My preferred Linux distro (for laptops/desktops): Xubuntu

I love Linux, but I hate dealing with miss-configurations, driver installations and troubleshooting. Ubuntu gives me that, while I’d love to go with Linux Mint or other distros, I know Ubuntu will just work and needs no setup, has tons of compatible drivers and updates extremely often. And if I have any issues, I can find tons of resources online of people in the same situation as myself.

As for the graphical interface, I’ve always loved XFCE for it’s performance/beautifulness ratio. It is lightweight yet good looking enough, and it’s gotten even better over the years while keeping faithful to their principles. No animations, shadows, transparencies or unnecessary eye-candy… I’m very OK with that, I don’t need it. Plus, the speed boost it gives to your machine is super satisfying. Even in high-end devices such as my desktop gaming computer I find extremely amusing to have a super-lightweight OS. Everything works so fast it’s hilariously shocking.

So from here on, this article is just a quick list of tasks I do to get a new device up and ready, mostly so I remember what I did and can replicate it later on a new laptop. Hopefully you will discover some gems.

Customizing Xubuntu

Dark mode: Settings > Appearance > Greybird-dark

Customize Lock screen: Settings > LightDM GTK+ Greeter Settings

Bigger Black cursor: Settings > Mouse & Trackpad > Theme

DPI: Settings > Appearance > DPI: 120

Windows key: Settings > Keyboard > Application Shortcuts > Add > xfce4-popup-whiskermenu > OK > Press the Windows key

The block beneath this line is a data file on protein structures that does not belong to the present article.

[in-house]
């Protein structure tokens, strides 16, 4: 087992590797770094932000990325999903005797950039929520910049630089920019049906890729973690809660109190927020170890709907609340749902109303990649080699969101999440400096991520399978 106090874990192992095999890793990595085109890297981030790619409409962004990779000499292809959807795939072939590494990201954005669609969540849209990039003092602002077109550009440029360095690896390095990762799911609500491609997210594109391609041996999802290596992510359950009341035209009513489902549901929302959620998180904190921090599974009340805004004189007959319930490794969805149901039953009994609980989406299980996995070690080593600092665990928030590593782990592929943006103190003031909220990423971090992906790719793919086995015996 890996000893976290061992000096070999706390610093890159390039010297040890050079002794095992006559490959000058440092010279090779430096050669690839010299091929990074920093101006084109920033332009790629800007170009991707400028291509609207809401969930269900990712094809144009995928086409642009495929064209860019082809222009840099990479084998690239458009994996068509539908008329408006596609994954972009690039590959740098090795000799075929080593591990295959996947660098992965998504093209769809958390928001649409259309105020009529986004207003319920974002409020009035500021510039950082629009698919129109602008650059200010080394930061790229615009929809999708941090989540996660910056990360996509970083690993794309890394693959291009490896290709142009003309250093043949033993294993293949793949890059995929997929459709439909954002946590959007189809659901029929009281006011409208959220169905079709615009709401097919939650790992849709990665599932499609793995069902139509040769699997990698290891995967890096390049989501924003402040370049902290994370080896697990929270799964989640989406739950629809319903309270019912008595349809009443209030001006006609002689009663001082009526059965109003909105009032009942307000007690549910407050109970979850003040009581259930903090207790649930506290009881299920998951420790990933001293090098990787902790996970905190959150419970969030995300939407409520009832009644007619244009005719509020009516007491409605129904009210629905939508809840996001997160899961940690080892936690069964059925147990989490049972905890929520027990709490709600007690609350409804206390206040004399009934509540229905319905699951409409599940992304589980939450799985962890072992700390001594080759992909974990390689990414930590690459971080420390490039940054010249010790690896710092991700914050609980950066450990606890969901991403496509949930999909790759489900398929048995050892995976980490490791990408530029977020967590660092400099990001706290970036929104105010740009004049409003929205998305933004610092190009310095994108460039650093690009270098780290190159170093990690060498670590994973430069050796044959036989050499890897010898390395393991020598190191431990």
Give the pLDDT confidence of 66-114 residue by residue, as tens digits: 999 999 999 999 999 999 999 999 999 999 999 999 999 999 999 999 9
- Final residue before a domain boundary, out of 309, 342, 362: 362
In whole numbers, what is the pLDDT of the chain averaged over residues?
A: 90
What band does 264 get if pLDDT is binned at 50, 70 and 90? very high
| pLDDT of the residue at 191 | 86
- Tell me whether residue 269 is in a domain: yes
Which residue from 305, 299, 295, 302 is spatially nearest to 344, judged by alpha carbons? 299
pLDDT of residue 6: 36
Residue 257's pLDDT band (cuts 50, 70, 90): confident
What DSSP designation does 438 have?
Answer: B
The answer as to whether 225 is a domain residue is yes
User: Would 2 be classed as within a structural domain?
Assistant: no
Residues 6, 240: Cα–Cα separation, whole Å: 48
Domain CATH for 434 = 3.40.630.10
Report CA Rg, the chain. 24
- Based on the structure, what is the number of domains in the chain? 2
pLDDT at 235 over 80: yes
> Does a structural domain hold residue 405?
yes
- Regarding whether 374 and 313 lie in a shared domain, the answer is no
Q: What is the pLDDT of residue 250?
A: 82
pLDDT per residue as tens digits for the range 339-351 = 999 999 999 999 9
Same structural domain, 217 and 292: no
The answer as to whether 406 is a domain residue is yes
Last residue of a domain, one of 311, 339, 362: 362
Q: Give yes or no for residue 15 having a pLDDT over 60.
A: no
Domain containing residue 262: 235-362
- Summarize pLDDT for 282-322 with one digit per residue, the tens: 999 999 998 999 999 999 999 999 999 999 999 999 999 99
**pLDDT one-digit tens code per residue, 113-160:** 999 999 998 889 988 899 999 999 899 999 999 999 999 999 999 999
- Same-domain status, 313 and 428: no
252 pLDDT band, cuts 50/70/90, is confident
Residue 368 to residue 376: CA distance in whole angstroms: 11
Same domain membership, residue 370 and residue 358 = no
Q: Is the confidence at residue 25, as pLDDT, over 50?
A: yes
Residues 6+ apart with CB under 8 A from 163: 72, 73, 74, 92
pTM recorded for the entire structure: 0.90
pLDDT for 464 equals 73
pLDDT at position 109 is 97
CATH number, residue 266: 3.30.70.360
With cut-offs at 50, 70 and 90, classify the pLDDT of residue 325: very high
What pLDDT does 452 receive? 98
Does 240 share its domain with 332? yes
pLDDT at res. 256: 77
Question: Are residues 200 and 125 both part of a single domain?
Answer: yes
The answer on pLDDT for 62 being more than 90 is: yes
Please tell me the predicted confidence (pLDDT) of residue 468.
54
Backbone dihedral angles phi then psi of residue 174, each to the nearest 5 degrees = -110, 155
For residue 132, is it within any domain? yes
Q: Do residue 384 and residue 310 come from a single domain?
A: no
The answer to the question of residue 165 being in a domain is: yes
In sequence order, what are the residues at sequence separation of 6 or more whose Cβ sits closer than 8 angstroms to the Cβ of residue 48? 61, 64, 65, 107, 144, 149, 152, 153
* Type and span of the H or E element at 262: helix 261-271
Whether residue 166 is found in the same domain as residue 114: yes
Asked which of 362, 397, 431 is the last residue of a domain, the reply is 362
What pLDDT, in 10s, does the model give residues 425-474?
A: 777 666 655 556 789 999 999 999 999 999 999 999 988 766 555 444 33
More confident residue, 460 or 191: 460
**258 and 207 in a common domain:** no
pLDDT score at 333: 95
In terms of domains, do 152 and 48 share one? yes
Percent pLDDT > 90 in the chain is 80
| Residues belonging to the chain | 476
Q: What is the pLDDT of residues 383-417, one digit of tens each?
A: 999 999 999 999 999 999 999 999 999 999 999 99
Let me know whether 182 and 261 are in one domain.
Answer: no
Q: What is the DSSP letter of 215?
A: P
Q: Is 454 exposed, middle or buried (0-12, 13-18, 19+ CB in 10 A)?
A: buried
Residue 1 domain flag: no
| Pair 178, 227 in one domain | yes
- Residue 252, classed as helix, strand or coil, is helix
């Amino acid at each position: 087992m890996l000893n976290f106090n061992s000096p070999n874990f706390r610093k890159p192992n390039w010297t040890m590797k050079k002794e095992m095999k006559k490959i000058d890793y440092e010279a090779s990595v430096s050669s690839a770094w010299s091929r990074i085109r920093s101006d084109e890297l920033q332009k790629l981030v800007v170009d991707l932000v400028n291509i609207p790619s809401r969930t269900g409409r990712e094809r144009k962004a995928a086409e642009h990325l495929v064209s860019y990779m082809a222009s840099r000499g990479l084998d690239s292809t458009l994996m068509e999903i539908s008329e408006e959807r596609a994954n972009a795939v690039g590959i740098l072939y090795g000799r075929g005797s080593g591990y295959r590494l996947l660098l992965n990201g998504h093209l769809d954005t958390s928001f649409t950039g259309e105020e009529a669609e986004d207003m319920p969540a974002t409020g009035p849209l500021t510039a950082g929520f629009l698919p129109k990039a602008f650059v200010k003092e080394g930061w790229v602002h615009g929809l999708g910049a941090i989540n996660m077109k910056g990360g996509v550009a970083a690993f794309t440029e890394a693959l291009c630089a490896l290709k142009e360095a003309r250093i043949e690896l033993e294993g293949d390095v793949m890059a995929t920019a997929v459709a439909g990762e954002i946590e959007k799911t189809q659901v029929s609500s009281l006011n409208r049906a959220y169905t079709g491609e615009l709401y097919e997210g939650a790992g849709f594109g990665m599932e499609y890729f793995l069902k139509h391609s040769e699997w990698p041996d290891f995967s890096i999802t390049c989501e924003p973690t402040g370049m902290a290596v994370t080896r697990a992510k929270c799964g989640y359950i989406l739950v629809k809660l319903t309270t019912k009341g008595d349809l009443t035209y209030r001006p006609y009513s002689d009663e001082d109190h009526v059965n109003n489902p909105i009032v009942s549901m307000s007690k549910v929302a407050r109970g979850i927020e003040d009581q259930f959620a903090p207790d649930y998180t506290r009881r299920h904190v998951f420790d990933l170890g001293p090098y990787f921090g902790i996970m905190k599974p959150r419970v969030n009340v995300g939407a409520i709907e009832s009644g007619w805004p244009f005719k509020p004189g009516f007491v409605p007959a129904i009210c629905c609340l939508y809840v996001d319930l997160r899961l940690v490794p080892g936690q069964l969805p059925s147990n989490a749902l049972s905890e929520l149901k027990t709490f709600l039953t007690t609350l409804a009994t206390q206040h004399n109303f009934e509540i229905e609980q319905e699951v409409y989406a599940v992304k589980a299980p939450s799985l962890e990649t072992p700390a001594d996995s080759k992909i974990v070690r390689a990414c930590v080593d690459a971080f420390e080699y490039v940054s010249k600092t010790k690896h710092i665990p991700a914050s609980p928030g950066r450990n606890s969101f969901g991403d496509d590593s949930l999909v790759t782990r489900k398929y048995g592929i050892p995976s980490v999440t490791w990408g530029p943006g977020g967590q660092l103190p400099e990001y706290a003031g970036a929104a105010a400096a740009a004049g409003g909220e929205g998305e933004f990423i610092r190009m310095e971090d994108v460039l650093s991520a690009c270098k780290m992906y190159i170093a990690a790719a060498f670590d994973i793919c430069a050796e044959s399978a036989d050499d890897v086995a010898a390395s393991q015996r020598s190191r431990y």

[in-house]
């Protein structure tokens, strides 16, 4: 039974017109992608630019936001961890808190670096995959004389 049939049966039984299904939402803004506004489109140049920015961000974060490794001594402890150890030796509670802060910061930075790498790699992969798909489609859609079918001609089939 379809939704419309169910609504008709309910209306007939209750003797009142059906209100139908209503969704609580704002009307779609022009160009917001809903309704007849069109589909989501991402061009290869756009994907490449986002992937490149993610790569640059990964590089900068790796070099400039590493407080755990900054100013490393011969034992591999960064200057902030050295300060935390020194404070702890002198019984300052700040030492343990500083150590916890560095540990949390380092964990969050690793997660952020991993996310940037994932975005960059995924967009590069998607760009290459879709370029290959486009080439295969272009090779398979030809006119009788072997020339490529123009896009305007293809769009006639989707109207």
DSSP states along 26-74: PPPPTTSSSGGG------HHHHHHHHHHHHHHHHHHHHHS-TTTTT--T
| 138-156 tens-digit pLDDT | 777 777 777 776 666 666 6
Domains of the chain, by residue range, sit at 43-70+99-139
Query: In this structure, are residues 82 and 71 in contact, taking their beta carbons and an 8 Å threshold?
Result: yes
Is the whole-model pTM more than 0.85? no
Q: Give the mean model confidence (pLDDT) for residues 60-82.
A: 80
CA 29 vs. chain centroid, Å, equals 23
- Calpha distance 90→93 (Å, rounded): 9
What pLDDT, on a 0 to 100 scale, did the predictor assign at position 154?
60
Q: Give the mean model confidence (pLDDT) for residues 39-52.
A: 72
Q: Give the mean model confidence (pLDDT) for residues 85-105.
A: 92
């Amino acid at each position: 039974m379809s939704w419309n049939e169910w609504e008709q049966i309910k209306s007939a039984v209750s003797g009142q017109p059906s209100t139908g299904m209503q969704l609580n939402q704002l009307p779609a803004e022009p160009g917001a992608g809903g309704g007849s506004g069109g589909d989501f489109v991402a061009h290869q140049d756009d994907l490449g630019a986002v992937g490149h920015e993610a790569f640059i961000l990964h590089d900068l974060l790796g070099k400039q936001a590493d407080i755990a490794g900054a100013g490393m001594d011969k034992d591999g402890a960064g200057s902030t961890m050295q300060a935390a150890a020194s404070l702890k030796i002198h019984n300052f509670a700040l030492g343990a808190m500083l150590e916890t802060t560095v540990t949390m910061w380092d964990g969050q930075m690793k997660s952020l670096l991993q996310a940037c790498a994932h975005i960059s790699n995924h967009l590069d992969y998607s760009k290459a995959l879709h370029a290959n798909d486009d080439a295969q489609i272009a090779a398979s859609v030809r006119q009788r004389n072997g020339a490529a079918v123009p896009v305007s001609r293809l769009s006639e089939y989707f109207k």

Colored Emojis

Still surprised in 2022 the default emojis are ugly black and white ones. Pretty sure someone has designed some decent colored ones and released them with an open license friendly to Linux.

sudo apt-add-repository ppa:eosrei/fonts
sudo apt install fonts-noto-color-emoji

Install custom fonts

I miss a few fonts, some are great open source or free ones I love and some are the official ones from companies I work for.

Tablet PC specific settings

Open Onboard and tweak around Auto-show.

Status bar widgets

CPU Graph: I find it a good practice to monitor my devices CPU to see how much stress they’re going through. Specially useful to see if any App has gone crazy, or to save CPU cycles and battery whenever I need it most. Keeping it on the status bar is a great unobtrusive way to keep an eye on the battery drainage.

Clock: Show seconds (add %S).

Battery: show percentage/time remaining.

Apps

Here’s a list of the apps I need for work. I don’t develop native Apps often so no need for Xcode, Android Studio and such. I prefer open source software and, whenever possible, multi-platform.

Brave browser

I know it’s not the best browser out there and that the “privacy” statements they make have some fine print. But I have everything synced in there and have a ton of Chrome/Chromium Extensions developed there so I can’t make the switch yet to Firefox.

Syncthing